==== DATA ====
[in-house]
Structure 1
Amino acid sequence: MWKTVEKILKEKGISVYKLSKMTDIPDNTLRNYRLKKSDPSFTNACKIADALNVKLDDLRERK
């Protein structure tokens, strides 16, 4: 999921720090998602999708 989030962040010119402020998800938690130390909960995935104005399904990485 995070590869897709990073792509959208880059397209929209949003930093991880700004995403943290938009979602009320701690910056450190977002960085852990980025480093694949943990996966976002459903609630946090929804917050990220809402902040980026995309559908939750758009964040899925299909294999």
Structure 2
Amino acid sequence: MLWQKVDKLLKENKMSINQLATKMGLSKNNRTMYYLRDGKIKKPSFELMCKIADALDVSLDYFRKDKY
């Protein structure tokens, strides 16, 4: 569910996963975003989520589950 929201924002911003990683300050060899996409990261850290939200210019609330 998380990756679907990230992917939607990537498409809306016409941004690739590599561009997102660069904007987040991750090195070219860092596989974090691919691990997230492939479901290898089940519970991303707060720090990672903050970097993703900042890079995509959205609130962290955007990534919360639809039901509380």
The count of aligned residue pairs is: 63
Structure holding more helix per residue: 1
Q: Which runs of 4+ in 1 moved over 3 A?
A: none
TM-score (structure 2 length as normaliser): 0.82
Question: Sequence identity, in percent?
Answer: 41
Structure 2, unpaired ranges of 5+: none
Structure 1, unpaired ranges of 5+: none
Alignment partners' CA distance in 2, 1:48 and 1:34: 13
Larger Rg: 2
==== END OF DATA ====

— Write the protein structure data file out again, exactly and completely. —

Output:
[in-house]
Structure 1
Amino acid sequence: MWKTVEKILKEKGISVYKLSKMTDIPDNTLRNYRLKKSDPSFTNACKIADALNVKLDDLRERK
């Protein structure tokens, strides 16, 4: 999921720090998602999708 989030962040010119402020998800938690130390909960995935104005399904990485 995070590869897709990073792509959208880059397209929209949003930093991880700004995403943290938009979602009320701690910056450190977002960085852990980025480093694949943990996966976002459903609630946090929804917050990220809402902040980026995309559908939750758009964040899925299909294999």
Structure 2
Amino acid sequence: MLWQKVDKLLKENKMSINQLATKMGLSKNNRTMYYLRDGKIKKPSFELMCKIADALDVSLDYFRKDKY
């Protein structure tokens, strides 16, 4: 569910996963975003989520589950 929201924002911003990683300050060899996409990261850290939200210019609330 998380990756679907990230992917939607990537498409809306016409941004690739590599561009997102660069904007987040991750090195070219860092596989974090691919691990997230492939479901290898089940519970991303707060720090990672903050970097993703900042890079995509959205609130962290955007990534919360639809039901509380």
The count of aligned residue pairs is: 63
Structure holding more helix per residue: 1
Q: Which runs of 4+ in 1 moved over 3 A?
A: none
TM-score (structure 2 length as normaliser): 0.82
Question: Sequence identity, in percent?
Answer: 41
Structure 2, unpaired ranges of 5+: none
Structure 1, unpaired ranges of 5+: none
Alignment partners' CA distance in 2, 1:48 and 1:34: 13
Larger Rg: 2